That loss will forever be etched in the memory of the Indian players who were part of that match, a throbbing wound that can never go away, a blot on Tendulkar's captaincy CV.
"Monday 31 March, 1997 was a dark day in the history of Indian cricket and definitely the worst of my captaincy career," Tendulkar writes in his autobiography Playing it My Way. "I hated losing and as captain of the team I felt responsible for the string of miserable performances. More worryingly, I did not know how I could turn it around, as I was already trying my absolute best," recalls Tendulkar in the book, adding that he had also contemplated moving away from the game completely.
Tendulkar captained only 25 times in Tests over a career spanning 24 years, and it is extremely difficult to find batting figures related to him which can be called 'weak'. His 2,054 runs at an average of 51.35 as a captain is not bad by any stretch of imagination, but when you consider his pile of runs (13,867) and average (54.16) when he played as an ordinary member of the team, and when you consider his disillusionment with captaincy, you feel he would have been better off without the added burden.
Kohli's Test batting figures when he had not been the captain is not too different than those after he took over the reins of the side, but that is a proof of his ability to multi-task. If anything, his batting numbers have been a touch better after taking over the leadership of the side. The number of Tests he has captained so far is also roughly the same as the number of Tests Tendulkar did in his entire career, and if you compare their batting records during this period, Kohli has his nose in front.
How does Kohli the captain and batsman stack up against some of other stalwarts who had played that dual role in recent time?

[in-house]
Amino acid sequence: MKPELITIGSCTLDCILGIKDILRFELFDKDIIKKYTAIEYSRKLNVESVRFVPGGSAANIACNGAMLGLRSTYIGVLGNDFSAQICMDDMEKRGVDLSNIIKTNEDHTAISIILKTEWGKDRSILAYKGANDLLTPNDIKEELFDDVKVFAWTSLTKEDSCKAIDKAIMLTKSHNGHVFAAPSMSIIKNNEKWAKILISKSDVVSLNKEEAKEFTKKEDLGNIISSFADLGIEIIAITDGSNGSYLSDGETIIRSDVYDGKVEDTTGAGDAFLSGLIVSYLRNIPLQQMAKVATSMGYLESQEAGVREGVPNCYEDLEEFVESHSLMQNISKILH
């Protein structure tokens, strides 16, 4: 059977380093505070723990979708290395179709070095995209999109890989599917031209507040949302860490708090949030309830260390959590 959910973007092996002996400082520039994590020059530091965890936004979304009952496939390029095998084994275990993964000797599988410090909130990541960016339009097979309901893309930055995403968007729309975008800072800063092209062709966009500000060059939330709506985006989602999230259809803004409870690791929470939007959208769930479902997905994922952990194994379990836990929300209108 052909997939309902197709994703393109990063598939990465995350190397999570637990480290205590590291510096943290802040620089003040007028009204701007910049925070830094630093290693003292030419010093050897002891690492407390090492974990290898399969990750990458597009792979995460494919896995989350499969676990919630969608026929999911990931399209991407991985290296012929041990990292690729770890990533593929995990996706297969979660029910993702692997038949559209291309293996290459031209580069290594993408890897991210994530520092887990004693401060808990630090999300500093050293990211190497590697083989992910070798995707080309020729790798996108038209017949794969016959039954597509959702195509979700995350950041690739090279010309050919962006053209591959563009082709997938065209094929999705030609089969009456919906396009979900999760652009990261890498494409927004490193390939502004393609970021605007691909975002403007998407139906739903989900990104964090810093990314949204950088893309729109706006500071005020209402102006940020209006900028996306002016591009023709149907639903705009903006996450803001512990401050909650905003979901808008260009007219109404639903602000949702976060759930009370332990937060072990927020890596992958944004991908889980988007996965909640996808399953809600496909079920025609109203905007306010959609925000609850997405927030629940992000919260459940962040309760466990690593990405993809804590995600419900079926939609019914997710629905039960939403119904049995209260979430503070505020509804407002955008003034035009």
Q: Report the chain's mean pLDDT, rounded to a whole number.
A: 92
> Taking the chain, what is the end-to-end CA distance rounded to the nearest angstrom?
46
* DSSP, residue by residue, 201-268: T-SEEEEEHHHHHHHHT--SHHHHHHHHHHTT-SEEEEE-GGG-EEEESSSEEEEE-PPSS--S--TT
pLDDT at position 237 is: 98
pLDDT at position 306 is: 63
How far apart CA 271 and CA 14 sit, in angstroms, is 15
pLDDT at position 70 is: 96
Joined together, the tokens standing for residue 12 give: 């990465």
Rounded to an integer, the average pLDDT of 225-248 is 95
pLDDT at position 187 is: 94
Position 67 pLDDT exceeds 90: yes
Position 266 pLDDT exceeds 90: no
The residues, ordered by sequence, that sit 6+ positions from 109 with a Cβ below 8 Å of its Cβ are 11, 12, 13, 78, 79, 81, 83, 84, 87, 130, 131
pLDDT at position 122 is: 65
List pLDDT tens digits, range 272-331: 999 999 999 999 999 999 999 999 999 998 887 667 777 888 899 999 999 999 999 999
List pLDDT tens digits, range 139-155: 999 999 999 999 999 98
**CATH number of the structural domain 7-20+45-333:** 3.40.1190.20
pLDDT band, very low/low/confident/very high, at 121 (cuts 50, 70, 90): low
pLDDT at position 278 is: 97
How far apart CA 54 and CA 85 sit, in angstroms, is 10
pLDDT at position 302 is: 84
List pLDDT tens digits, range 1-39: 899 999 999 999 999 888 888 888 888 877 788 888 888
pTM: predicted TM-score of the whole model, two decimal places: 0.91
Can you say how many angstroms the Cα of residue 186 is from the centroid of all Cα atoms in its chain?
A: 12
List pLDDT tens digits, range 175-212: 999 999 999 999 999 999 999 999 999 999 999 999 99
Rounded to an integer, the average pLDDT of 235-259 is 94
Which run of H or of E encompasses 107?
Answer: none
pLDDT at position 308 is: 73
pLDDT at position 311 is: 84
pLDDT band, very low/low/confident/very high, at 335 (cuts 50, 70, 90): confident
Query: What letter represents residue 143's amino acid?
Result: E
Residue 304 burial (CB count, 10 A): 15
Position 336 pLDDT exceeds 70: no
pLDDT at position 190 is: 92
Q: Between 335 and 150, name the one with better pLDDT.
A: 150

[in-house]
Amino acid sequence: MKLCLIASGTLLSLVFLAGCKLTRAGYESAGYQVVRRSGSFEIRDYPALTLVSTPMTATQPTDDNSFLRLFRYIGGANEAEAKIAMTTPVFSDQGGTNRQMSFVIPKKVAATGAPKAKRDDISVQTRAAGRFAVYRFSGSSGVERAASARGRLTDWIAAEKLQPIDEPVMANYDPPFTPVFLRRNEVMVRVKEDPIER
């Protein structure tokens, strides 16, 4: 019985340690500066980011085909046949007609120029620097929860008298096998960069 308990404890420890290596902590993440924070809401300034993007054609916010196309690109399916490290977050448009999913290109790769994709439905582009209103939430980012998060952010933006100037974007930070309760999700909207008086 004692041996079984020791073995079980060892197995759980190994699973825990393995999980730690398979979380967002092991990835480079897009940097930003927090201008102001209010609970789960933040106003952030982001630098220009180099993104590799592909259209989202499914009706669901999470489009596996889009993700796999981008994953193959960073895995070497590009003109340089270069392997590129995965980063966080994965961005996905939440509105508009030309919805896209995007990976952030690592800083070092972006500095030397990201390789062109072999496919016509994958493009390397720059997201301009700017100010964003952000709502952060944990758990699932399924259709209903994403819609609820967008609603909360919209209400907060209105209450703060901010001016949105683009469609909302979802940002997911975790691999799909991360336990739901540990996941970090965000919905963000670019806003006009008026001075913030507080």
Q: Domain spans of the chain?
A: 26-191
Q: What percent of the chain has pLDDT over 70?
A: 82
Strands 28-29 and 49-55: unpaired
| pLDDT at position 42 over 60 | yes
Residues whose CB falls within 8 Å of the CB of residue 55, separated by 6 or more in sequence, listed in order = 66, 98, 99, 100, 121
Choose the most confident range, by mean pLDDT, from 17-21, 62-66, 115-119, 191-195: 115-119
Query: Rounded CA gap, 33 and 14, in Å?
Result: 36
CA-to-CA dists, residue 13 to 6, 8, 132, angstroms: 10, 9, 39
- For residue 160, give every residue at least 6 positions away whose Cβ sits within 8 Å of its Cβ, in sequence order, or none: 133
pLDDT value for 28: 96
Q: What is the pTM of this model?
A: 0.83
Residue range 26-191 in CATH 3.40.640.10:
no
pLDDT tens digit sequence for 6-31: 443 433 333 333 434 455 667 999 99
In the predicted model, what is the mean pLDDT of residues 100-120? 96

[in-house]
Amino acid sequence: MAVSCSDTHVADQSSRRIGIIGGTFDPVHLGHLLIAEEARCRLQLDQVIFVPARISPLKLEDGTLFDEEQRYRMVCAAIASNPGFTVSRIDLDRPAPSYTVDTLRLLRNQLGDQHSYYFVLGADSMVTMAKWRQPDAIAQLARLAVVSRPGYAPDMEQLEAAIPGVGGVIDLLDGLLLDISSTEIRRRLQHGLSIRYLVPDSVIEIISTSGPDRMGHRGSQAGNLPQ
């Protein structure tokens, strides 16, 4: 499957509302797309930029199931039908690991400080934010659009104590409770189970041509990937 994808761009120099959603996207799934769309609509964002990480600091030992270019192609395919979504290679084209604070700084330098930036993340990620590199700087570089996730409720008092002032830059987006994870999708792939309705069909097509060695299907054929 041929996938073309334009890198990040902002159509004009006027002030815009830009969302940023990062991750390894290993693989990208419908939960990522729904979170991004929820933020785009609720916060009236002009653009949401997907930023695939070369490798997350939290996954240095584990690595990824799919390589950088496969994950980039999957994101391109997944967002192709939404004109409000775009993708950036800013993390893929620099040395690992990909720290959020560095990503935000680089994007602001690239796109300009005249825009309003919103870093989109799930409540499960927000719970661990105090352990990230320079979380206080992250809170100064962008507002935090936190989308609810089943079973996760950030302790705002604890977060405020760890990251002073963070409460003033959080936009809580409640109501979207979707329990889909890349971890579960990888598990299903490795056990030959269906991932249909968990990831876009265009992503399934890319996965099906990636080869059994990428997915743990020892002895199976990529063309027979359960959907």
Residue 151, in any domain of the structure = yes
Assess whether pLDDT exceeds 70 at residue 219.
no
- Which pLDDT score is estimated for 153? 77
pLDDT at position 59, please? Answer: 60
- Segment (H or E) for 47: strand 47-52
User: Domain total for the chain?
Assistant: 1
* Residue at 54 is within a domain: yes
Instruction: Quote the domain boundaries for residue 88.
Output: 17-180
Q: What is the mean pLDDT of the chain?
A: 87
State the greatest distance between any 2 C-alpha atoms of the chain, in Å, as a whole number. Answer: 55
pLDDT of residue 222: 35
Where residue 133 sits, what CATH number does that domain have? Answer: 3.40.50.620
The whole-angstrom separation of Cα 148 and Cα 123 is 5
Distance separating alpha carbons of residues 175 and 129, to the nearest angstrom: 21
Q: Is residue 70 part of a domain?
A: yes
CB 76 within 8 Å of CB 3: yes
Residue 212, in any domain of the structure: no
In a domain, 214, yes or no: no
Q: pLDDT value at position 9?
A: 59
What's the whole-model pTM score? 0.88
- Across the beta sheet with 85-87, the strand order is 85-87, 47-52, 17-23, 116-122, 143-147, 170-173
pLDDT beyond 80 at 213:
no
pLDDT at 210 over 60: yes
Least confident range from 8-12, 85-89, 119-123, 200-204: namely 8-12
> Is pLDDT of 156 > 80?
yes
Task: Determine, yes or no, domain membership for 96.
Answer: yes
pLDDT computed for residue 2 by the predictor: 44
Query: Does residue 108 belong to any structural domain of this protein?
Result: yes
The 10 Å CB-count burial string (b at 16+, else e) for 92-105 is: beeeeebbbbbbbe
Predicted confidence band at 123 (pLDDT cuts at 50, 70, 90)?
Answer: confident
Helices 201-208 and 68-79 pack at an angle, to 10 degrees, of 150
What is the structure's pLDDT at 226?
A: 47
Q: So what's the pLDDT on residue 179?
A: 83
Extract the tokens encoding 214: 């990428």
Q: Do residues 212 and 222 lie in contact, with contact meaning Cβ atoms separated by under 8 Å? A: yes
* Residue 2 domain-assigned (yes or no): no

Sourav Ganguly, one of the finest captains India has ever produced, wasn't as successful a batsman in Tests as some of his other illustrious contemporaries. His 1,517 runs at an average of 39.92 in his first 27 matches as captain pales in front of Kohli. Rahul Dravid, one of the greatest Test batsmen of all time, also struggled to make much of an impact with the bat when he had had to captain the side as well. The number of Tests that Dravid had led India in is the same as Tendulkar and roughly similar to that of Kohli. Dravid's record with the bat during this time is modest at best, having scored 1,736 runs at an average of 44.51.
How did Mahendra Singh Dhoni, Kohli's immediate predecessor, fare while balancing captaincy and batting? The wicketkeeper-batsman made 1,600 runs in his first 27 Tests as captain at an average of 45.71, which is much lighter than the record Kohli has in the same number of matches, though one also needs to consider that Dhoni, unlike the Kohlis and Tendulkars of the world used to come in much lower down the order and often did not get the time to build an innings.
Therefore, it is a misnomer to say that captaincy has started to bog Kohli the batsman down. It would not be reasonable to make that call on the basis of one lean series versus Australia. Importantly, Kohli was terribly unlucky to have got out the way he did in the first innings of the ongoing Test against Sri Lanka at Galle, getting the faintest of edges to the wicketkeeper. In fact, his predecessors, Dhoni, Dravid, Tendulkar and Ganguly have had less impressive figures with the bat when they had also had to lead the side. Kohli is due for a big score and it may not be long before he gets one. Till that time let's hold our horses.